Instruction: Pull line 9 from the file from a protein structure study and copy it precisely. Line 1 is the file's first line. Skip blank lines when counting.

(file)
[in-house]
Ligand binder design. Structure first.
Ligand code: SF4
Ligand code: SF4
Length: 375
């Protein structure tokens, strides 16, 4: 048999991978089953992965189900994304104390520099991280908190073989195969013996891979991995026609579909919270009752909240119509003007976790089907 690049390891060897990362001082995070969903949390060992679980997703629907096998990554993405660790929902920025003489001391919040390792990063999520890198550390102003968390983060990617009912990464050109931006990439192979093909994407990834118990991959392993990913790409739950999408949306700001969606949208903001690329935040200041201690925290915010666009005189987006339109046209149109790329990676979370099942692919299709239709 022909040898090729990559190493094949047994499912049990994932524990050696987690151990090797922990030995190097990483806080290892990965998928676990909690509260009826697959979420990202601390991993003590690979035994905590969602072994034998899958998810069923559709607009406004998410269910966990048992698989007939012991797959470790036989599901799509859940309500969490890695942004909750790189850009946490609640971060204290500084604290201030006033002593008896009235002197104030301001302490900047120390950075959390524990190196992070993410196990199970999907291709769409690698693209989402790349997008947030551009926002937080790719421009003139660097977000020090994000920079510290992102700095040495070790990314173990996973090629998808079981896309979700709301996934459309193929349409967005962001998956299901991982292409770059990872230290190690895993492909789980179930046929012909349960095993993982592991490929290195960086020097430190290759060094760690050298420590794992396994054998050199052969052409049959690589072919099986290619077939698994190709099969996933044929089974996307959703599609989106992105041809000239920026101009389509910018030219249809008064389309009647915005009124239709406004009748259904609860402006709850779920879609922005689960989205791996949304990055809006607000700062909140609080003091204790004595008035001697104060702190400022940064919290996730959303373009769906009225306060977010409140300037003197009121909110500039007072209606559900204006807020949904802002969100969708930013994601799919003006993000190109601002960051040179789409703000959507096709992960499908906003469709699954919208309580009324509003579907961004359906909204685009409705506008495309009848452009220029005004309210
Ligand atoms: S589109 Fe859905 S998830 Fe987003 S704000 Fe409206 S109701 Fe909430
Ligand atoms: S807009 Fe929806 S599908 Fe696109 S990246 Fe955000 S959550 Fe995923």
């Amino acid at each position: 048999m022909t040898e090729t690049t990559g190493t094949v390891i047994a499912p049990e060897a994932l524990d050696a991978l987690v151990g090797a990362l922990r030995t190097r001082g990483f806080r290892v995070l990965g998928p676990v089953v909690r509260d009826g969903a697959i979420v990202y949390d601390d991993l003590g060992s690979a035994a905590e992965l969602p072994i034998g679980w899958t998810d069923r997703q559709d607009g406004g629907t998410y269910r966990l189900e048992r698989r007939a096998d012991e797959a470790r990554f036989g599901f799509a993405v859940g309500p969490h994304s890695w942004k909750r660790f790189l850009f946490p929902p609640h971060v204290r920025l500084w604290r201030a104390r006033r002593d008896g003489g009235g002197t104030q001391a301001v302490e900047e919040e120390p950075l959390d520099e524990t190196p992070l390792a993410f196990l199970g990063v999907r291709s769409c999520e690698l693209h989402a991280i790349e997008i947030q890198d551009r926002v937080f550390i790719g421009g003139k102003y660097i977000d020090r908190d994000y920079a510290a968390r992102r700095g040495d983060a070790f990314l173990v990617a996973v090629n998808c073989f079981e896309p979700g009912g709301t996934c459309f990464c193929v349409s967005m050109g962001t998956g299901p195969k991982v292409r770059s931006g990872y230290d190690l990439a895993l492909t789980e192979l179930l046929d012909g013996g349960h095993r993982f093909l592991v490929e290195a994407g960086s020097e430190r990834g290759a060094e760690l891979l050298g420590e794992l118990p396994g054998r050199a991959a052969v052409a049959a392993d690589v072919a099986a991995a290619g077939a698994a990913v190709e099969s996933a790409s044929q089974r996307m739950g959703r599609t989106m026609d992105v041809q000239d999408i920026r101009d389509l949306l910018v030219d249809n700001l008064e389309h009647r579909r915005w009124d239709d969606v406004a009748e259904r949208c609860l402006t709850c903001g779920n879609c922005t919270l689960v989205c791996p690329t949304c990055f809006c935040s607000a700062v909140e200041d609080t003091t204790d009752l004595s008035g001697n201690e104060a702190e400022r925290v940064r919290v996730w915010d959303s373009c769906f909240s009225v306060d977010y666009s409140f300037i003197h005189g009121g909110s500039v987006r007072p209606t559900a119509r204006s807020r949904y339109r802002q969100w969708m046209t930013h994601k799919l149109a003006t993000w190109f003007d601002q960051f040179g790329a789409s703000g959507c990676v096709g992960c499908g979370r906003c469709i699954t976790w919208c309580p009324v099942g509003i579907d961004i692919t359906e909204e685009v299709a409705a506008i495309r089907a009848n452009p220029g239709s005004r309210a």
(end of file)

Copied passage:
């Amino acid at each position: 048999m022909t040898e090729t690049t990559g190493t094949v390891i047994a499912p049990e060897a994932l524990d050696a991978l987690v151990g090797a990362l922990r030995t190097r001082g990483f806080r290892v995070l990965g998928p676990v089953v909690r509260d009826g969903a697959i979420v990202y949390d601390d991993l003590g060992s690979a035994a905590e992965l969602p072994i034998g679980w899958t998810d069923r997703q559709d607009g406004g629907t998410y269910r966990l189900e048992r698989r007939a096998d012991e797959a470790r990554f036989g599901f799509a993405v859940g309500p969490h994304s890695w942004k909750r660790f790189l850009f946490p929902p609640h971060v204290r920025l500084w604290r201030a104390r006033r002593d008896g003489g009235g002197t104030q001391a301001v302490e900047e919040e120390p950075l959390d520099e524990t190196p992070l390792a993410f196990l199970g990063v999907r291709s769409c999520e690698l693209h989402a991280i790349e997008i947030q890198d551009r926002v937080f550390i790719g421009g003139k102003y660097i977000d020090r908190d994000y920079a510290a968390r992102r700095g040495d983060a070790f990314l173990v990617a996973v090629n998808c073989f079981e896309p979700g009912g709301t996934c459309f990464c193929v349409s967005m050109g962001t998956g299901p195969k991982v292409r770059s931006g990872y230290d190690l990439a895993l492909t789980e192979l179930l046929d012909g013996g349960h095993r993982f093909l592991v490929e290195a994407g960086s020097e430190r990834g290759a060094e760690l891979l050298g420590e794992l118990p396994g054998r050199a991959a052969v052409a049959a392993d690589v072919a099986a991995a290619g077939a698994a990913v190709e099969s996933a790409s044929q089974r996307m739950g959703r599609t989106m026609d992105v041809q000239d999408i920026r101009d389509l949306l910018v030219d249809n700001l008064e389309h009647r579909r915005w009124d239709d969606v406004a009748e259904r949208c609860l402006t709850c903001g779920n879609c922005t919270l689960v989205c791996p690329t949304c990055f809006c935040s607000a700062v909140e200041d609080t003091t204790d009752l004595s008035g001697n201690e104060a702190e400022r925290v940064r919290v996730w915010d959303s373009c769906f909240s009225v306060d977010y666009s409140f300037i003197h005189g009121g909110s500039v987006r007072p209606t559900a119509r204006s807020r949904y339109r802002q969100w969708m046209t930013h994601k799919l149109a003006t993000w190109f003007d601002q960051f040179g790329a789409s703000g959507c990676v096709g992960c499908g979370r906003c469709i699954t976790w919208c309580p009324v099942g509003i579907d961004i692919t359906e909204e685009v299709a409705a506008i495309r089907a009848n452009p220029g239709s005004r309210a």